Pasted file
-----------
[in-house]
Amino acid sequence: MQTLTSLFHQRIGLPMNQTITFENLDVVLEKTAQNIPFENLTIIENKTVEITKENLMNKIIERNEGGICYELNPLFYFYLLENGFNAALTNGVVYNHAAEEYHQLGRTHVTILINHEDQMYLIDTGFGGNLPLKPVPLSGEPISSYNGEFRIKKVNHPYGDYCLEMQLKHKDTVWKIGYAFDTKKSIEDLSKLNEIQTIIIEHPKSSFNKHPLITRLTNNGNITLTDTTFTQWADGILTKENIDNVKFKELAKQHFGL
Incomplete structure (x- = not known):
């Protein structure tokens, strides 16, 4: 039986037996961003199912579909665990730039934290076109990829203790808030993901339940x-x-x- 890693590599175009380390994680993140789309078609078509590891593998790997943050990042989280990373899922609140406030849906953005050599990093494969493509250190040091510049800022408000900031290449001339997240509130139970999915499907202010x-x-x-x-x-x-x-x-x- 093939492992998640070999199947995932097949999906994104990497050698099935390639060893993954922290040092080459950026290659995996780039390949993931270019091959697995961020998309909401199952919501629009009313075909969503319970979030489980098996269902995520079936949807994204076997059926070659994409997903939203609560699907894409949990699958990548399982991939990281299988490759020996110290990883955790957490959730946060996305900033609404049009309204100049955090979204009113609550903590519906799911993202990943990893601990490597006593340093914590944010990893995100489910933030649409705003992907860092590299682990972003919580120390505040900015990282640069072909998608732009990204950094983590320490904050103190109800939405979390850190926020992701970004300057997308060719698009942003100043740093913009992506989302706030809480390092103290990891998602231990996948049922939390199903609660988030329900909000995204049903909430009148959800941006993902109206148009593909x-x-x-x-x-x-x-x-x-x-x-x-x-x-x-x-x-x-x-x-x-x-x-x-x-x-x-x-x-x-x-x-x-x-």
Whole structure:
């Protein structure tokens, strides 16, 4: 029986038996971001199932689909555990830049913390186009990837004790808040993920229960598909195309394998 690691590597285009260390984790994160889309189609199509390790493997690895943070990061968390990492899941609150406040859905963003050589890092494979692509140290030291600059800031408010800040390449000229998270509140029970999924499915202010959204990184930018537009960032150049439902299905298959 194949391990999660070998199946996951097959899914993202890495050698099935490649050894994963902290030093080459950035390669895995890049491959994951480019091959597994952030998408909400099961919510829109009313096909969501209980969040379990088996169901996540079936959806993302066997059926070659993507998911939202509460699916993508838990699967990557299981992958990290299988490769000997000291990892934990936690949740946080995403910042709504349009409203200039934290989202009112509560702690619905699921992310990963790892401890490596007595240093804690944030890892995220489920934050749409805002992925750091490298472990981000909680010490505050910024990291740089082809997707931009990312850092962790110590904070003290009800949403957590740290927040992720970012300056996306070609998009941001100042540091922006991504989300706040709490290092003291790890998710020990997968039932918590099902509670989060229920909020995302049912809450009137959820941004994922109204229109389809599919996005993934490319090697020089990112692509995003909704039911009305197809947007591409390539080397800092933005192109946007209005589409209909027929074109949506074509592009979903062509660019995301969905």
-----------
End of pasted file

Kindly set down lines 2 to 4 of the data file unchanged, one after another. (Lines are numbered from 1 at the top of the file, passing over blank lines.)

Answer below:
Amino acid sequence: MQTLTSLFHQRIGLPMNQTITFENLDVVLEKTAQNIPFENLTIIENKTVEITKENLMNKIIERNEGGICYELNPLFYFYLLENGFNAALTNGVVYNHAAEEYHQLGRTHVTILINHEDQMYLIDTGFGGNLPLKPVPLSGEPISSYNGEFRIKKVNHPYGDYCLEMQLKHKDTVWKIGYAFDTKKSIEDLSKLNEIQTIIIEHPKSSFNKHPLITRLTNNGNITLTDTTFTQWADGILTKENIDNVKFKELAKQHFGL
Incomplete structure (x- = not known):
């Protein structure tokens, strides 16, 4: 039986037996961003199912579909665990730039934290076109990829203790808030993901339940x-x-x- 890693590599175009380390994680993140789309078609078509590891593998790997943050990042989280990373899922609140406030849906953005050599990093494969493509250190040091510049800022408000900031290449001339997240509130139970999915499907202010x-x-x-x-x-x-x-x-x- 093939492992998640070999199947995932097949999906994104990497050698099935390639060893993954922290040092080459950026290659995996780039390949993931270019091959697995961020998309909401199952919501629009009313075909969503319970979030489980098996269902995520079936949807994204076997059926070659994409997903939203609560699907894409949990699958990548399982991939990281299988490759020996110290990883955790957490959730946060996305900033609404049009309204100049955090979204009113609550903590519906799911993202990943990893601990490597006593340093914590944010990893995100489910933030649409705003992907860092590299682990972003919580120390505040900015990282640069072909998608732009990204950094983590320490904050103190109800939405979390850190926020992701970004300057997308060719698009942003100043740093913009992506989302706030809480390092103290990891998602231990996948049922939390199903609660988030329900909000995204049903909430009148959800941006993902109206148009593909x-x-x-x-x-x-x-x-x-x-x-x-x-x-x-x-x-x-x-x-x-x-x-x-x-x-x-x-x-x-x-x-x-x-």